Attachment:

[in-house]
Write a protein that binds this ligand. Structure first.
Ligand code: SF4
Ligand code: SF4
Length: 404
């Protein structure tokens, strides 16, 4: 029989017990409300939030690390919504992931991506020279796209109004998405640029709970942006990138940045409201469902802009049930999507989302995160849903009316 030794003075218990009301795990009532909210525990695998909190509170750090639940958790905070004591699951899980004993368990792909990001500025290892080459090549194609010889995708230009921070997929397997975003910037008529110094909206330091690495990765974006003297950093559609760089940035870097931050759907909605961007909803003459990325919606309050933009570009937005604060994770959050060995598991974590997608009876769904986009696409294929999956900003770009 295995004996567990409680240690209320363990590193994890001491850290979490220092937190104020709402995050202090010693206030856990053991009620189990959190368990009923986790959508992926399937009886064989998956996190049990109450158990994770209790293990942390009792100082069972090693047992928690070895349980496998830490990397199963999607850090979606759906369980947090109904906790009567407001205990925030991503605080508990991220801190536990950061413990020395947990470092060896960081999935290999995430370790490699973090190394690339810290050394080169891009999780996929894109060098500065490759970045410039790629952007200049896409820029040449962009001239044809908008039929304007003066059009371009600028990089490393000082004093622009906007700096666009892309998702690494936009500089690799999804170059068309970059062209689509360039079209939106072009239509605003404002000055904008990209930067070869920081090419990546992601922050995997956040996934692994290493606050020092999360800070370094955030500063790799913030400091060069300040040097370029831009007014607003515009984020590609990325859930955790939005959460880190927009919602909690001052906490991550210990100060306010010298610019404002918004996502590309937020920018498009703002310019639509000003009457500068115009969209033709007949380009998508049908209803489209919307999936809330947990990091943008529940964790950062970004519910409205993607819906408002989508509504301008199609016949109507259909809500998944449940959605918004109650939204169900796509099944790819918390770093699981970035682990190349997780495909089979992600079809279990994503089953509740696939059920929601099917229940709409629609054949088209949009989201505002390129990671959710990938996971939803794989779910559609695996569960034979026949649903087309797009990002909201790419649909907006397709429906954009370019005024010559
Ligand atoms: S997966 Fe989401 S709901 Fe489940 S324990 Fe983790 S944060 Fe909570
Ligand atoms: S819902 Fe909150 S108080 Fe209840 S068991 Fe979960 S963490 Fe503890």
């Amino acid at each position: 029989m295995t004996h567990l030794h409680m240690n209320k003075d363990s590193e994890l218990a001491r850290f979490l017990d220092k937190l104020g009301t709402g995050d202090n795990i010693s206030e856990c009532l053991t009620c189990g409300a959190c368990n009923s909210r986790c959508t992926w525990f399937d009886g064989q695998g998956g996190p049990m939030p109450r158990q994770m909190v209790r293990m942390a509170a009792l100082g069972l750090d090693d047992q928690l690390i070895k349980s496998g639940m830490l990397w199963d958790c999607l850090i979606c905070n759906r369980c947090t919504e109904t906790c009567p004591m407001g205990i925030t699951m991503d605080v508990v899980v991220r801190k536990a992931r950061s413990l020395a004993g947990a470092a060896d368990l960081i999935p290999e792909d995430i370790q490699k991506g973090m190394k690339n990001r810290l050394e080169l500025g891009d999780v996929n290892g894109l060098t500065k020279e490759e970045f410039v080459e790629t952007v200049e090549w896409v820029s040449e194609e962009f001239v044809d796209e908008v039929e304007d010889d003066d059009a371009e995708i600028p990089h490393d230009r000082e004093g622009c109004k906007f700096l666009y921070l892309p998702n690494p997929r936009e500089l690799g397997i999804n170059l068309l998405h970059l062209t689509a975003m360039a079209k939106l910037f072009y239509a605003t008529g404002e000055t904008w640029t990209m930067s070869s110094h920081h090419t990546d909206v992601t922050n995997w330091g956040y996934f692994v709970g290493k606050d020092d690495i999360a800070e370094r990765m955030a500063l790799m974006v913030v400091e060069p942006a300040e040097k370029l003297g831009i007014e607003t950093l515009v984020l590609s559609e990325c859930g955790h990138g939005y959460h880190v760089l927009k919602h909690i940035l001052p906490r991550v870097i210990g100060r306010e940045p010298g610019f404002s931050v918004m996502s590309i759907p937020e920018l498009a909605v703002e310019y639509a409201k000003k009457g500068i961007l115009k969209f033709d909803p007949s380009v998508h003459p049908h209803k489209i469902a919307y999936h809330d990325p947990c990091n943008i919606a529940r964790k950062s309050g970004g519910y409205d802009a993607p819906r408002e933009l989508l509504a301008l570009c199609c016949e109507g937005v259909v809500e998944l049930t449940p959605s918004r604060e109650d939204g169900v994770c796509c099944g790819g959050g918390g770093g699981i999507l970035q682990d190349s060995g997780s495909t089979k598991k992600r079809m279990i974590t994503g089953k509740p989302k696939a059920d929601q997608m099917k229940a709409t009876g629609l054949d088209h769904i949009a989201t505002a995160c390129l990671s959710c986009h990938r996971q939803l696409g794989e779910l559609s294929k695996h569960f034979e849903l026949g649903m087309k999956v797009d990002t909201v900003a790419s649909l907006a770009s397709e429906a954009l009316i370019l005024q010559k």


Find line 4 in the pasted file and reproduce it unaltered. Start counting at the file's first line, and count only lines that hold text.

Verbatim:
Ligand code: SF4